May 26, 2005

"How did you prepare for the role?"

Merv Griffin reveals that when a talk show host asks that question, he's "in terrible trouble." Griffin's proud of never asking that. But he did, he reveals, deliberately ply guests with drink to get better interviews.

He also reminisces about "his chat with Salvador Dalí, who brought along paintings to Mr. Griffin's show":
"I said, 'Mr. Dalí, I don't understand your work,' " he recalled, "and he said: 'Yes, that is it! Dalí is confusion!' "

Hmmm... that reminds me of my stock response to law students who say they've found a case confusing. That confusion ... that is understanding! Because the case is confused!

And did you know Merv Griffin wrote that thinking music that's played during the final question on "Jeopardy!"? He's made "probably close to $70-80 million" from that little snippet. Fair enough! Much of the charm of "Jeopardy!" comes from the feeling you get from that music -- happy and nervous! -- at the end of the show.

I see that DVDs of his old shows are coming out. I'm eager to see these. I watched the show back in the 60s and especially remember how funny and appealing regular guest Richard Pryor was back then.

13 comments:

Pancho said...

I have fond memories of watching Jeopardy every day in some older friends dorm room at Trinity Univ before we went to lunch. Don Pardo and Art Fleming were our hosts. I haven't thought of that in decades, yet Don Pardo's name came to mind in an instant. What an influence it must have had on me.

Bruce Hayden said...

I actually got to see one episode of Jepardy live. Great memory.

Also, Ann, be realistic. Some of those law students might not understand the case because they haven't yet learned to do what you are trying to teach them - to think like lawyers.

You may be one of the lucky ones who didn't start out in law school confused. But, IMHO, most do. And, unfortunately, one of the things that we had to learn was how to correctly interpret that confusing case.

Ann Althouse said...

Thanks, Bruce. My point is to get students to deal with that feeling of confusion, so they can get past it. Seeing that the case is confusing is a first step toward understanding. Students saying they are confused sometimes let that feeling get them down, so that it's an emotional barrier. I recharacterize that as a form of understanding, so students can feel that even the confusion is progress. You have to learn to overcome the uneasiness that comes with seeing confused things.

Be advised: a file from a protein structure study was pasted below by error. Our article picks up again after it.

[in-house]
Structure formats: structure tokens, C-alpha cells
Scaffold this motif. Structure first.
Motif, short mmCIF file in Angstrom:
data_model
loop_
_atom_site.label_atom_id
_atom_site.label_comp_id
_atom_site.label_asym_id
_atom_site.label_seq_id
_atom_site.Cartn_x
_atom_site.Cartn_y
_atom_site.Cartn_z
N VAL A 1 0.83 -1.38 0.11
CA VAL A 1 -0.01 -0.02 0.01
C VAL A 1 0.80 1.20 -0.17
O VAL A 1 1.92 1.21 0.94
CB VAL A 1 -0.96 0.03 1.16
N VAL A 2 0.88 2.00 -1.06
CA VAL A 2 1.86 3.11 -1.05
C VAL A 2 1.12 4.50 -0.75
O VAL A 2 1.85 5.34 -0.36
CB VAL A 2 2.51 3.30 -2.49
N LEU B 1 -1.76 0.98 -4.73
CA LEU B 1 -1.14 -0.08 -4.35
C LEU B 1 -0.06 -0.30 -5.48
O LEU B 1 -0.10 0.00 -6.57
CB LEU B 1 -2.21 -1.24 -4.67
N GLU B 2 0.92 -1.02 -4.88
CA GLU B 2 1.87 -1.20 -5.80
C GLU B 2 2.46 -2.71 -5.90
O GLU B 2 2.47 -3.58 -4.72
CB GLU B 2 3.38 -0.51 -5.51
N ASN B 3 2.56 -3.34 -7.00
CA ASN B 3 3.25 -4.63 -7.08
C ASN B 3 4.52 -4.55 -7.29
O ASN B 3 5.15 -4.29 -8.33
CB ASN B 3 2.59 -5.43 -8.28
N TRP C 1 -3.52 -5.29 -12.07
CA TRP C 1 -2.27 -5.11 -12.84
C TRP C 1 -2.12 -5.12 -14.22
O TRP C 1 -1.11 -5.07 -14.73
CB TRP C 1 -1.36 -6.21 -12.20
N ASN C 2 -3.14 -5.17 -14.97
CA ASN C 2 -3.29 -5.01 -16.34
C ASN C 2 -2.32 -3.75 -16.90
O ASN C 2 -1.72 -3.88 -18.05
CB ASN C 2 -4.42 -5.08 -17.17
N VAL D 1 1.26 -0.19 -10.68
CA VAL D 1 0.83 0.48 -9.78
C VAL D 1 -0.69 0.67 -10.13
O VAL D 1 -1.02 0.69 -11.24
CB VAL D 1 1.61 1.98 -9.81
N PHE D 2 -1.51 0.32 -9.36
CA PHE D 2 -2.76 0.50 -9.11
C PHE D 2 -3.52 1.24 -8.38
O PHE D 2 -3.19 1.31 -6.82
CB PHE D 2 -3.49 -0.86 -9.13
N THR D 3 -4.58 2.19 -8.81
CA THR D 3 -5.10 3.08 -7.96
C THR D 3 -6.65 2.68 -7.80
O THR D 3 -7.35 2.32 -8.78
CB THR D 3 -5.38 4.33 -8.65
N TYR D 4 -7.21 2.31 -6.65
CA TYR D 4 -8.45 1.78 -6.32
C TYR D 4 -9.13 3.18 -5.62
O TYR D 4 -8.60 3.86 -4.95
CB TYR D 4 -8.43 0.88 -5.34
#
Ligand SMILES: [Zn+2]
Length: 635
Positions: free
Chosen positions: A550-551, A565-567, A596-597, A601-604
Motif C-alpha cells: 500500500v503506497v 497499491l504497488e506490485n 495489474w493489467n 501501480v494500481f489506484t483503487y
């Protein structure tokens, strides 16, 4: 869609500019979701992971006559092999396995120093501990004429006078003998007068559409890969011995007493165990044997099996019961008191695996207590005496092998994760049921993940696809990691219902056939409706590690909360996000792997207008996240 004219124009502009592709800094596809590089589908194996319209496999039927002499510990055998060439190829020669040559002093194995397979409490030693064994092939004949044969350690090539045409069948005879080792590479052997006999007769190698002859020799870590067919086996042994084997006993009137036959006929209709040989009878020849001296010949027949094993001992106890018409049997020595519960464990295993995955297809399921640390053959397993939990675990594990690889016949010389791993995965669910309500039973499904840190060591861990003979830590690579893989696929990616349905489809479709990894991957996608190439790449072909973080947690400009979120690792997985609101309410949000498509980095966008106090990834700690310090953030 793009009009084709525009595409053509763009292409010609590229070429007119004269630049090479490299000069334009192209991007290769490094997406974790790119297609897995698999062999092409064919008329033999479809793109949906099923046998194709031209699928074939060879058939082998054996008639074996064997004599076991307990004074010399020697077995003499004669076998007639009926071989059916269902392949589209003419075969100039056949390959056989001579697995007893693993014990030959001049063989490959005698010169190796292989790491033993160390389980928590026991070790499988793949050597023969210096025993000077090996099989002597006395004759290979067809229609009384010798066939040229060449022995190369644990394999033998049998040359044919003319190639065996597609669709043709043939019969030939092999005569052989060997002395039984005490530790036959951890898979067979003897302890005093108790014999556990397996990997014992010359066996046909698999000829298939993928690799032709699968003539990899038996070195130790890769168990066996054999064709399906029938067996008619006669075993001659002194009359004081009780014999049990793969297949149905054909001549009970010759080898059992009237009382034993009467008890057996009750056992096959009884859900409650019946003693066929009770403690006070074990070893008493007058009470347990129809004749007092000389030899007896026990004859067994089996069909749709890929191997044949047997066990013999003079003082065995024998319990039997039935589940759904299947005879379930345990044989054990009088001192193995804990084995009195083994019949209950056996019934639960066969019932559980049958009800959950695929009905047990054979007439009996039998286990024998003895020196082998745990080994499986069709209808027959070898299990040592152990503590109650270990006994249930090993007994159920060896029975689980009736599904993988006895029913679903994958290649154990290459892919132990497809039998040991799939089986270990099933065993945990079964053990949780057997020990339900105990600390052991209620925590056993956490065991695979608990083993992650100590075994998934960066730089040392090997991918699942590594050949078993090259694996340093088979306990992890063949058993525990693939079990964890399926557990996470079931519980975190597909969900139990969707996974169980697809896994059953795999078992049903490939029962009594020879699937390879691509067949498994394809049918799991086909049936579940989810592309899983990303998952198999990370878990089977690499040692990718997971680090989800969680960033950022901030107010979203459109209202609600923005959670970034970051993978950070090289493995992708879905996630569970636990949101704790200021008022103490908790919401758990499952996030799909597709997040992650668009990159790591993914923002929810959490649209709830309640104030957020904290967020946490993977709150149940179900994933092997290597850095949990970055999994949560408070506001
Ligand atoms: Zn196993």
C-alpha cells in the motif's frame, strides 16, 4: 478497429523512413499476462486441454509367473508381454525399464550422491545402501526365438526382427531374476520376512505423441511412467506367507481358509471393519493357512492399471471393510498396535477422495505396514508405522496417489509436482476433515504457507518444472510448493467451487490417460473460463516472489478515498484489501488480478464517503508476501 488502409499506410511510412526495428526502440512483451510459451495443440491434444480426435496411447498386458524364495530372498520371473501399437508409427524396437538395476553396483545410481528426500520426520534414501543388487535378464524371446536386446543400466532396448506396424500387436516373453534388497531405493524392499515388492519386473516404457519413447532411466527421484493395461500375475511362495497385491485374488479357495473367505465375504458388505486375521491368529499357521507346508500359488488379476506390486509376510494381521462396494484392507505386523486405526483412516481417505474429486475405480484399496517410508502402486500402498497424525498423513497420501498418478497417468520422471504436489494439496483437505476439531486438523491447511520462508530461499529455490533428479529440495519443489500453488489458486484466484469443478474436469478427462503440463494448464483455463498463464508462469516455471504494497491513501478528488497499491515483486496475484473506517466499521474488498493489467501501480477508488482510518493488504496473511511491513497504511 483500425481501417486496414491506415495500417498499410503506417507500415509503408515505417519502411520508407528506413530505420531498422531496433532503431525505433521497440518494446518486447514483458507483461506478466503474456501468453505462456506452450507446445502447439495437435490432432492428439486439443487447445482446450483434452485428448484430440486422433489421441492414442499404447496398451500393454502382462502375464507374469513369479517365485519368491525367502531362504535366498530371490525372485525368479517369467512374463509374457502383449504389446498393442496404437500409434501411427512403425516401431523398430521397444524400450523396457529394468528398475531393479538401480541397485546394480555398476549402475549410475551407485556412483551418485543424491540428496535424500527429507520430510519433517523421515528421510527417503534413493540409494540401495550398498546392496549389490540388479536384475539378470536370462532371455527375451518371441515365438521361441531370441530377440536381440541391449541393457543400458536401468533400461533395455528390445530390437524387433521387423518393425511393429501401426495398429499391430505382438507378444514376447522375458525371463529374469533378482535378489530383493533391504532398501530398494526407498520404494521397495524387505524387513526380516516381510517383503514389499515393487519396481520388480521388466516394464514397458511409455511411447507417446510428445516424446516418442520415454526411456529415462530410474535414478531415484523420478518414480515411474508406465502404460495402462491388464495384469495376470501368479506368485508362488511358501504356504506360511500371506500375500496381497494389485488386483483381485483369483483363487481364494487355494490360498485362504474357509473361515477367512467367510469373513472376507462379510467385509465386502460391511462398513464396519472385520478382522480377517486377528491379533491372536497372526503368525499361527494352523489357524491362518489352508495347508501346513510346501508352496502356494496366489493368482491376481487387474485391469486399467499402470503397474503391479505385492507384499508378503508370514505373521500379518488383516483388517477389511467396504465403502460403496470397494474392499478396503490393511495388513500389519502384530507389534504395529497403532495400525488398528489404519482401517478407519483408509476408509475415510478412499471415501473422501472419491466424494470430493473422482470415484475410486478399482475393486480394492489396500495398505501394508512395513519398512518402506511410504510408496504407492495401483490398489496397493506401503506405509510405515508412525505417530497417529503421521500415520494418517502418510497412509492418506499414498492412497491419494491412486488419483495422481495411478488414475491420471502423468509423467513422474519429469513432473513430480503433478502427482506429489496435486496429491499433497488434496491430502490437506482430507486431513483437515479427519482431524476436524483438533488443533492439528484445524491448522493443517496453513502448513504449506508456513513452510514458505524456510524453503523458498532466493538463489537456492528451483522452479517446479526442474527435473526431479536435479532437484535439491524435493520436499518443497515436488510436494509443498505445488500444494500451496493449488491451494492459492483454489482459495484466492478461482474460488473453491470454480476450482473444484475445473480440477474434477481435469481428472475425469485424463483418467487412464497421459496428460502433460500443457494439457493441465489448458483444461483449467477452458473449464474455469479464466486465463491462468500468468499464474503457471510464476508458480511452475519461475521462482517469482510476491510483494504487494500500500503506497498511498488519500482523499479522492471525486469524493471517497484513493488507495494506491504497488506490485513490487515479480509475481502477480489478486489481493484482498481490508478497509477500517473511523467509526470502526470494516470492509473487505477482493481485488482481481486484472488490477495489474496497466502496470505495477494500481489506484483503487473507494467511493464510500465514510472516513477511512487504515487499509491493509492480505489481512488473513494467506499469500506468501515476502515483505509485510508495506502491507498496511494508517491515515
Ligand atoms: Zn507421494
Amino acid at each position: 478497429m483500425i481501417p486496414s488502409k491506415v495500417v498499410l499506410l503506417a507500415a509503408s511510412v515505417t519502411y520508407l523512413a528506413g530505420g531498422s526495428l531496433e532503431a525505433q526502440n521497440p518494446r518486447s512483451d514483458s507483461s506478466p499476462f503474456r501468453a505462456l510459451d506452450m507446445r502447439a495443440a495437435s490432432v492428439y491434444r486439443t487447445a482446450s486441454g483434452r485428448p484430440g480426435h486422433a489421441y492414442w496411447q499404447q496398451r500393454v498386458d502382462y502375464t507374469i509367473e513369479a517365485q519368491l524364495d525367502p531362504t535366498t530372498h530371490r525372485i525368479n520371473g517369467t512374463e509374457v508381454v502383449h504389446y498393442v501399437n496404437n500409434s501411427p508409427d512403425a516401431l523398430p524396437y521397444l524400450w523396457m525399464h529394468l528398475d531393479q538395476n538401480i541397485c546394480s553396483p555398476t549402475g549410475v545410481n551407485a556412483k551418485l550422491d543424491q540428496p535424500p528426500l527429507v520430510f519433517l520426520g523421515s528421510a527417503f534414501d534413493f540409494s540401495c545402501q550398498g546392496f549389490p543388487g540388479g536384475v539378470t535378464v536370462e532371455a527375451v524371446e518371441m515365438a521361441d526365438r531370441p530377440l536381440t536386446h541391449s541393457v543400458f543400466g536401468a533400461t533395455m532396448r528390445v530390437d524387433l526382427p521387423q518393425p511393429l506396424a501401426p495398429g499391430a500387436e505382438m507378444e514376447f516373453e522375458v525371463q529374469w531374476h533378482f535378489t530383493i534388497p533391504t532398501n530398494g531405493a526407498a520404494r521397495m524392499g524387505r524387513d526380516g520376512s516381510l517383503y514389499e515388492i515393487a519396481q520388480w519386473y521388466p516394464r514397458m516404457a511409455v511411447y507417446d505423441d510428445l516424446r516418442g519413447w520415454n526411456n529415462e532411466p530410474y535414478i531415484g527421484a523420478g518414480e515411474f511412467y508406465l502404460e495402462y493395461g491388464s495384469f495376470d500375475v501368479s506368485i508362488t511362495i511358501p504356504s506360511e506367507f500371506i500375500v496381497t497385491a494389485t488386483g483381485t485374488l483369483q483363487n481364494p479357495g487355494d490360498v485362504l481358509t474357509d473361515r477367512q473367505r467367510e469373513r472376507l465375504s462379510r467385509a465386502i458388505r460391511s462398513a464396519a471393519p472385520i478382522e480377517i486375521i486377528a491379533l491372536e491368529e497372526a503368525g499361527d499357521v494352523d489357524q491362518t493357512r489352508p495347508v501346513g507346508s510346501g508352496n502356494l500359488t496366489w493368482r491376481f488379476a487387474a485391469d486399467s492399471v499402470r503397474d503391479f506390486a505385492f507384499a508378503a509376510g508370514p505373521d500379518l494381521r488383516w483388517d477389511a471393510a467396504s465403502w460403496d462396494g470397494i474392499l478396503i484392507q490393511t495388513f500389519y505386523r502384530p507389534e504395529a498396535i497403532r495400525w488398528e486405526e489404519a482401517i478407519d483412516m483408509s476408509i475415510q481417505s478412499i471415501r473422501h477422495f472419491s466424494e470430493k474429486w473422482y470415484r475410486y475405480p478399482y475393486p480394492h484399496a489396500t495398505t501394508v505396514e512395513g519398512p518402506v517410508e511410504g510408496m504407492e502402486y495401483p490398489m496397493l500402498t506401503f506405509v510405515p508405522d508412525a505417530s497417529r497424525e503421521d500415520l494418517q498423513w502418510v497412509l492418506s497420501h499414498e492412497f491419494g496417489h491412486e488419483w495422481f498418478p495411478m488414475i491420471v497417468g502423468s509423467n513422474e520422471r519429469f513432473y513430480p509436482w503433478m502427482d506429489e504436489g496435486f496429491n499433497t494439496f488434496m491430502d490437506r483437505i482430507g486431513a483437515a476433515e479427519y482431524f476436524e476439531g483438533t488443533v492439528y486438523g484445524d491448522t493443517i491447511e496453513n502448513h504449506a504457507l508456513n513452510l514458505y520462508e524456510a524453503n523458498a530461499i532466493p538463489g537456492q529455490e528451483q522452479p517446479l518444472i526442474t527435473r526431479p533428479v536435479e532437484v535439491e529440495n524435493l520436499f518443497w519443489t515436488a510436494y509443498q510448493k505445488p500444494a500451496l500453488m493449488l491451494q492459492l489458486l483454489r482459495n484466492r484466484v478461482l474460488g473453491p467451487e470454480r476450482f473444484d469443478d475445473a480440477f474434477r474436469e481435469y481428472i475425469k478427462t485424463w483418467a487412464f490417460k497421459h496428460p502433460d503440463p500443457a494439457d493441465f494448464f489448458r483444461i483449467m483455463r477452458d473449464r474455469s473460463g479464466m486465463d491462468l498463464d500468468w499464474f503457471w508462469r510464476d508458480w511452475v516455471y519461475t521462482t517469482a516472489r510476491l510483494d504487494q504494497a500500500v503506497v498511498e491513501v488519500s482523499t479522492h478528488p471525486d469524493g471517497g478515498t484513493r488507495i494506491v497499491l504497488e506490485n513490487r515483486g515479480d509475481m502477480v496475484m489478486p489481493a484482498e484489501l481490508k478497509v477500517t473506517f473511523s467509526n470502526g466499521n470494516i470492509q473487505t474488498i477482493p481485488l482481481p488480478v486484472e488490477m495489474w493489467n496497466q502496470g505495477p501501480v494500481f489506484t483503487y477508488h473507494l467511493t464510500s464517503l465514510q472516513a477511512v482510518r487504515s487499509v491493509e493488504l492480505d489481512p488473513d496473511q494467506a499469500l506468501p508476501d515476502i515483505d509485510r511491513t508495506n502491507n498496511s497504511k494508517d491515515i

Rick Lee said...

FWIW, you didn't mention that Merv was the actual creator of Jeopardy and Wheel of Fortune. What a franchise. He sold the shows sometime in the 80s as I recall for hundreds of millions.

For many years I faithfully watched those shows... Jeopardy for intellectual stimulation and Wheel for mindless fun. Can't bear the thought of watching them now. Don't ask me why.

Ann Althouse said...

Rick: Those facts are in the article.

Tom McMahon said...

For Merv's daytime rival, The Mike Douglas Show, a young Roger Ailes was the Executive Producer.

And on Jeopardy, does anyone else still think of Alex Trebek as "the new guy"?

DNR Mom said...

Ann: Thanks for reminding me of Merv. He taught the young me to appreciate oldsters, entertainers their industry had labeled has-beens, like Jackie Mason & Myron Cohen. He also brought on youngsters who hadn't made it yet, like Arnold Schwartzenegger. In those days, who knew?

Muckish said...
This comment has been removed by a blog administrator.
Muckish said...

The young me also enjoyed Merv Griffin, but I didn't always recognize the oldsters at the time. I wish I could remember the Orson Welles interview mentioned in the article. All I remember about Orson Welles on Merv Griffin is wondering why the guy who sold Paul Masson jug wine was a semi-frequent guest.

Sean E said...

Am I the only one who thinks of I'm a Little Teapot everytime I hear the Jeopardy theme?

. said...
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BugMeNot said...

You're not the only one, Sean E!!

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